Jane Austen and the Clergy: How the System Worked

 In the 21st century, Church of England clergy are hard-working men and women – usually running a number of parishes, as well as struggling to pay for the upkeep of churches which may be in need of serious repair. They are expected to have several services on Sundays, possibly in different parishes, and to see to the spiritual needs – and often the material needs, if the parish is a poor one, of their parishioners. They are also pretty poorly paid.  Still, at least they can count on a roof over their heads and the job carries a pension and the security of knowing that they will have somewhere to live once they retire.

Henry Tilney at Woodston, Northanger Abbey

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Jane Austen: Mr Darcy, may I introduce…?

My late 19th century copy of Manners and Rules of Good Society by ‘A Member of the Aristocracy’ deals with everything a novelist or reader could possibly want to know about how Society operated and, as far as I can tell, the same rules applied in the Regency period. This week, I want to look at the knotty question of how one introduces somebody to someone else with regard to Jane Austen’s novels, or, indeed, any Historical novel set before the First World War.

‘Manners and Rules of Good Society’ by a Member of the Aristocracy. My copy is an 18th edition which dates from 1892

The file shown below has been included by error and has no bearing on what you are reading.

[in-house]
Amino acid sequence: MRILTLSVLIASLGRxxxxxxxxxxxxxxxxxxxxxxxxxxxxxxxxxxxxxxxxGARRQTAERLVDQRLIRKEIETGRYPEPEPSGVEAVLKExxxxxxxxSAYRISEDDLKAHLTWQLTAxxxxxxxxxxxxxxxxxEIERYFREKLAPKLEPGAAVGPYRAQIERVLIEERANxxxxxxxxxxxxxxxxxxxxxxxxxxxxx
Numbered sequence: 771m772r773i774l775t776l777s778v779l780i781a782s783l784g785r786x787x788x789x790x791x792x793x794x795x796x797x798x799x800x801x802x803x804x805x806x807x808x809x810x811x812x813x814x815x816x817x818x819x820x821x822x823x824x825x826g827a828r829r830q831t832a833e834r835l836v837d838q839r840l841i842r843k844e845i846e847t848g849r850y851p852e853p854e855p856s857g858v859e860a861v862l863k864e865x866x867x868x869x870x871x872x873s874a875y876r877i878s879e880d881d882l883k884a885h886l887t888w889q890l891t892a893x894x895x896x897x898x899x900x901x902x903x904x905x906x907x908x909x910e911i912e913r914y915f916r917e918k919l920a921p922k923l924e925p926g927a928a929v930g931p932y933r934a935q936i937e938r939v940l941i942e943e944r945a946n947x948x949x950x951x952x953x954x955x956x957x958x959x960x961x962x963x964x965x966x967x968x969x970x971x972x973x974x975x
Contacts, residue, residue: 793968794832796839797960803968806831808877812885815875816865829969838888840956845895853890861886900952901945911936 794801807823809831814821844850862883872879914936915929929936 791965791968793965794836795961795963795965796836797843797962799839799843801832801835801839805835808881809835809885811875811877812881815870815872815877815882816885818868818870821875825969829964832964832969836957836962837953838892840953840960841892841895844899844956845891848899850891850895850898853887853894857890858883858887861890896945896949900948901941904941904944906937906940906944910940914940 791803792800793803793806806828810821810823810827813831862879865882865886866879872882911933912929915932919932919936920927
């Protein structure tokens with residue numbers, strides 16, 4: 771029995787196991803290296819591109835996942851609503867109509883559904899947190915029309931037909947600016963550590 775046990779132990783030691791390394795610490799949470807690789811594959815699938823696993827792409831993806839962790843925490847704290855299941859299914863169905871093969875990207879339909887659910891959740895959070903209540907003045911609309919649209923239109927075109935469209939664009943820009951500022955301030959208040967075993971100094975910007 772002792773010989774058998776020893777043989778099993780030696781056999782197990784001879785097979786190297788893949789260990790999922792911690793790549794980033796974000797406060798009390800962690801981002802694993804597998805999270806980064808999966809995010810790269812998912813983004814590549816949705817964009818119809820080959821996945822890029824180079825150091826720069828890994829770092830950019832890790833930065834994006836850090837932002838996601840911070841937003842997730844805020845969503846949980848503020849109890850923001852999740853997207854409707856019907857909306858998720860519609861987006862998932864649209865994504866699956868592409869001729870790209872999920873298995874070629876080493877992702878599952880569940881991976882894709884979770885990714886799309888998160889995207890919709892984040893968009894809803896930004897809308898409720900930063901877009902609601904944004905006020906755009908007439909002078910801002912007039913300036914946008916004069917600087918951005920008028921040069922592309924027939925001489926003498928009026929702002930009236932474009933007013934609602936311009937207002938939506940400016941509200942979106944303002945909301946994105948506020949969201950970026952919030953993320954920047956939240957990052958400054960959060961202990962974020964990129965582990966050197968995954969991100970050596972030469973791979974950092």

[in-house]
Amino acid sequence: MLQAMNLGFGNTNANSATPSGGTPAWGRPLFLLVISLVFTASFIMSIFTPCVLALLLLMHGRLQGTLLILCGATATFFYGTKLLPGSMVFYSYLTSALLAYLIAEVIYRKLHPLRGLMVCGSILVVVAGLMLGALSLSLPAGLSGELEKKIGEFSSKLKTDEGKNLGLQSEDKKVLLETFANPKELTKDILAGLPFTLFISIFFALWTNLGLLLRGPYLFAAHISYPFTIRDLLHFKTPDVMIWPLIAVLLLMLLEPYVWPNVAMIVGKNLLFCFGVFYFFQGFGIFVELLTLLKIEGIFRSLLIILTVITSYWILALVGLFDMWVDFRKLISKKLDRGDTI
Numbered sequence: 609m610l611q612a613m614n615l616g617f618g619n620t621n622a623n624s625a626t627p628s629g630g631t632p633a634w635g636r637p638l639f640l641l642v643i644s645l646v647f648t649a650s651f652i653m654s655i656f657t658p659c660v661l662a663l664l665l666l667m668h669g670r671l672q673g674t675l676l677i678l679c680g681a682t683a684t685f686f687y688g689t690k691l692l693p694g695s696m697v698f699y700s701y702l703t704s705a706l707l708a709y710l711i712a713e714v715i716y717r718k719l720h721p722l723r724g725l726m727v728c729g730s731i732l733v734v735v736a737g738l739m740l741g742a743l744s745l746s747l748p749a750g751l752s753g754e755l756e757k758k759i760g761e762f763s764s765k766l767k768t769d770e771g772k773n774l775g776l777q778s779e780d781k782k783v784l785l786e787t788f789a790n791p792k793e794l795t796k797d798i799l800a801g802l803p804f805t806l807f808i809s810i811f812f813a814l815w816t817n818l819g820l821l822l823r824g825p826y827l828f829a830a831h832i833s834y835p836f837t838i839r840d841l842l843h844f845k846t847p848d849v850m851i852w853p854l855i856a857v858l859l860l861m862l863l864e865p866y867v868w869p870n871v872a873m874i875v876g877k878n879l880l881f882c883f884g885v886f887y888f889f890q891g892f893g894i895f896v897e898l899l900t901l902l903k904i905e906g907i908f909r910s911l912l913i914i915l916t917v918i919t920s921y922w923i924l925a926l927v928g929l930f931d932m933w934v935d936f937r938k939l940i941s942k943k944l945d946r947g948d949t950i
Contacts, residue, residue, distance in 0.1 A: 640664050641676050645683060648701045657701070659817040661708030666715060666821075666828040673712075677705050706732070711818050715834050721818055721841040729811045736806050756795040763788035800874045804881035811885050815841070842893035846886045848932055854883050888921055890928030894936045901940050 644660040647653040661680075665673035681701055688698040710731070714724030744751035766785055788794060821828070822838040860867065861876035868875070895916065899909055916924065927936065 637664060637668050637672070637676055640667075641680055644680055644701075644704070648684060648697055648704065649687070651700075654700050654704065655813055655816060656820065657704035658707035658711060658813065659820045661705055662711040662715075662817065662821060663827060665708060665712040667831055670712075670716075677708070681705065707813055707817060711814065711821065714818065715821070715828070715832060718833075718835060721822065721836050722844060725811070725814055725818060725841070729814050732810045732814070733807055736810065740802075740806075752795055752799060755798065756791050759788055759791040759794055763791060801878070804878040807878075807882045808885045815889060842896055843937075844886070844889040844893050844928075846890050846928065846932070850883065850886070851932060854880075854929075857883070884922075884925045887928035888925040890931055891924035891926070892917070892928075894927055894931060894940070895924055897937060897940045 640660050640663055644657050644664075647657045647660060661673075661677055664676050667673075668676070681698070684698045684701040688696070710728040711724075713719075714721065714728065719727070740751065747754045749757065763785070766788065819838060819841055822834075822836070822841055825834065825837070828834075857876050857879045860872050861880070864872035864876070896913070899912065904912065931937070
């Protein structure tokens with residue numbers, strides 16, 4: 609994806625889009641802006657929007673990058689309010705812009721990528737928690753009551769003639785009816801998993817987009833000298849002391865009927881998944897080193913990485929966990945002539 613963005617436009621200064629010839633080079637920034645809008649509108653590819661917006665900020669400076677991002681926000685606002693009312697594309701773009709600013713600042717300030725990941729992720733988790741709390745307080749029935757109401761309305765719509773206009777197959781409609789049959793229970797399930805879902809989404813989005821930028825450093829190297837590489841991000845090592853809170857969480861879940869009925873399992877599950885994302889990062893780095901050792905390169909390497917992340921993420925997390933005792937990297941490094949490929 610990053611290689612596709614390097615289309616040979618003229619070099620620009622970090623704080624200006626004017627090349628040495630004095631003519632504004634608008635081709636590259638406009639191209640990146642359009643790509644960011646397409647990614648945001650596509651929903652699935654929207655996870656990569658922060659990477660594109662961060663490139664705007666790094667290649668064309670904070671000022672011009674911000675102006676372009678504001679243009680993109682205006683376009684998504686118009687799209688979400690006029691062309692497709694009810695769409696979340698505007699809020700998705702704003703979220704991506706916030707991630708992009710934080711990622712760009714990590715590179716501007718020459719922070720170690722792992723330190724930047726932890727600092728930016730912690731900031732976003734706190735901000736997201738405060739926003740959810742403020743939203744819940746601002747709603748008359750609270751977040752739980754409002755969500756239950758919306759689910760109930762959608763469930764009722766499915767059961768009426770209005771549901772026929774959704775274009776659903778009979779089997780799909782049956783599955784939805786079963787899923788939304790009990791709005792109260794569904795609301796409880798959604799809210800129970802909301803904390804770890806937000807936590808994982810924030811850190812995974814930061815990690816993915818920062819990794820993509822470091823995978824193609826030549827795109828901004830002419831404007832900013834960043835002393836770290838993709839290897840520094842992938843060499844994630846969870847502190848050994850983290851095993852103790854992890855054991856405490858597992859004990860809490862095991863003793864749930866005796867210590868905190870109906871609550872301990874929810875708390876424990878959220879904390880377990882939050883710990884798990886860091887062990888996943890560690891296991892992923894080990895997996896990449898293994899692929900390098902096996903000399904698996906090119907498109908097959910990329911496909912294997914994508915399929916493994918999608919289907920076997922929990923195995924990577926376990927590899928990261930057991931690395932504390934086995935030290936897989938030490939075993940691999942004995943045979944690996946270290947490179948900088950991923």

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Jane Austen’s Choice of Surnames

I’m sure I’m not just speaking for myself when I say that novelists choose the surnames of their characters with great care. I certainly agonise over mine. I was reminded of this when reading Maggie Lane’s brilliant Jane Austen and Food. In it, she makes the perceptive point that Mrs Norris in Mansfield Park is ironically named – from the French nourrice, a nurse. She behaves in the most un-nurturing way towards Fanny Price and seems to take every opportunity to put her down.

‘My dear Sir Thomas, Fanny can walk.’ says Mrs Norris. Illustration by Hugh Thomson for Mansfield Park

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The Royal Mews: Coaches and Landaus

Today, I’m re-visiting the Royal Mews, looking the various coaches and landaus, and, of course, the gold ‘Coronation’ coach.  Landaus feature in Jane Austen’s novels; the obnoxious Mrs Elton, in Emma, boasts about her sister’s barouche-landau – which she takes every opportunity to mention (presumably because Emma doesn’t have one at Hartfield). But what exactly is a landau?

Queen Alexandra’s State Coach dates from 1865. It was used regularly by King Edward VII and Queen Alexandra 

A carriage is the general term for any horse-drawn passenger vehicle, from the humble gig to the Gold Coronation Coach.  A coach is simply a large carriage. Basically, all landaus are coaches but not all coaches are landaus.

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Jane Austen: What’s in a Name?

I have long been fascinated by Jane Austen’s choice of first names for her characters, and today I’m looking at how the early 19th naming system worked. The 1800 name pool was, by modern standards, surprisingly small, and this is echoed in Jane Austen’s constant reuse of the same names. Take the name Mary; there are two Marys in Pride & Prejudice (Mary Bennet and the heiress Mary King, pursued by Wickham); a Mary Crawford in Mansfield Park; and Mary Musgrove in Persuasion. According to research done by The Names Society, Mary was the most common girl’s name in 1800, closely followed by Anne and Elizabeth, so perhaps we should not be surprised. Jane Austen even calls two major characters by her own Christian name, Jane, which comes in at number 5 in the 1800 list. There is Jane Bennet in Pride & Prejudice and Jane Fairfax in Emma.